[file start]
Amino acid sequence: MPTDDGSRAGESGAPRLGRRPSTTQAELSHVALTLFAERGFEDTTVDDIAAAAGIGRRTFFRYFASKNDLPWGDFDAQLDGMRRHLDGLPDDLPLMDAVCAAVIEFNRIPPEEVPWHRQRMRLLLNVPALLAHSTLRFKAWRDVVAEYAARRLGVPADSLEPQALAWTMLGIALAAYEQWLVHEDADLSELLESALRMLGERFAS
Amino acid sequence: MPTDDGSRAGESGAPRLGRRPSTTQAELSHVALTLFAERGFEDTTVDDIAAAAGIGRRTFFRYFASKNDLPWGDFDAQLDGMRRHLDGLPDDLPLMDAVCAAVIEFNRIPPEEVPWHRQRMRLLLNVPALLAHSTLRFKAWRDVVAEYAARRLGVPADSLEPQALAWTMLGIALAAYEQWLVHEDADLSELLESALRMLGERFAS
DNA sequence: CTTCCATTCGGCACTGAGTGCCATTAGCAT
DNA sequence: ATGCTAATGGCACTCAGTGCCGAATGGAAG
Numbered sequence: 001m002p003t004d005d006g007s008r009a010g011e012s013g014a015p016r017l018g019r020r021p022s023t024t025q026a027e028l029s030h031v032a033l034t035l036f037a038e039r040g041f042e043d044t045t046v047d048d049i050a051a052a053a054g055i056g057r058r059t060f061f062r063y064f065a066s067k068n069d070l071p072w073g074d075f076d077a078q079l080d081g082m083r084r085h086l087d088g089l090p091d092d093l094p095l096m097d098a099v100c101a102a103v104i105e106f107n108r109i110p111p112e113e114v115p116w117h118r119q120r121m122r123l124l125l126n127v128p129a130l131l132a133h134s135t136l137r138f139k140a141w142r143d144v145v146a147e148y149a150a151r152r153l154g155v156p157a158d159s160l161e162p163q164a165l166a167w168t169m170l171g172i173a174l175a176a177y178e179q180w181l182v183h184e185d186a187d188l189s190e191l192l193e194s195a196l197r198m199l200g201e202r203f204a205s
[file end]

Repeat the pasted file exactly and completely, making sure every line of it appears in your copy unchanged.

Amino acid sequence: MPTDDGSRAGESGAPRLGRRPSTTQAELSHVALTLFAERGFEDTTVDDIAAAAGIGRRTFFRYFASKNDLPWGDFDAQLDGMRRHLDGLPDDLPLMDAVCAAVIEFNRIPPEEVPWHRQRMRLLLNVPALLAHSTLRFKAWRDVVAEYAARRLGVPADSLEPQALAWTMLGIALAAYEQWLVHEDADLSELLESALRMLGERFAS
Amino acid sequence: MPTDDGSRAGESGAPRLGRRPSTTQAELSHVALTLFAERGFEDTTVDDIAAAAGIGRRTFFRYFASKNDLPWGDFDAQLDGMRRHLDGLPDDLPLMDAVCAAVIEFNRIPPEEVPWHRQRMRLLLNVPALLAHSTLRFKAWRDVVAEYAARRLGVPADSLEPQALAWTMLGIALAAYEQWLVHEDADLSELLESALRMLGERFAS
DNA sequence: CTTCCATTCGGCACTGAGTGCCATTAGCAT
DNA sequence: ATGCTAATGGCACTCAGTGCCGAATGGAAG
Numbered sequence: 001m002p003t004d005d006g007s008r009a010g011e012s013g014a015p016r017l018g019r020r021p022s023t024t025q026a027e028l029s030h031v032a033l034t035l036f037a038e039r040g041f042e043d044t045t046v047d048d049i050a051a052a053a054g055i056g057r058r059t060f061f062r063y064f065a066s067k068n069d070l071p072w073g074d075f076d077a078q079l080d081g082m083r084r085h086l087d088g089l090p091d092d093l094p095l096m097d098a099v100c101a102a103v104i105e106f107n108r109i110p111p112e113e114v115p116w117h118r119q120r121m122r123l124l125l126n127v128p129a130l131l132a133h134s135t136l137r138f139k140a141w142r143d144v145v146a147e148y149a150a151r152r153l154g155v156p157a158d159s160l161e162p163q164a165l166a167w168t169m170l171g172i173a174l175a176a177y178e179q180w181l182v183h184e185d186a187d188l189s190e191l192l193e194s195a196l197r198m199l200g201e202r203f204a205s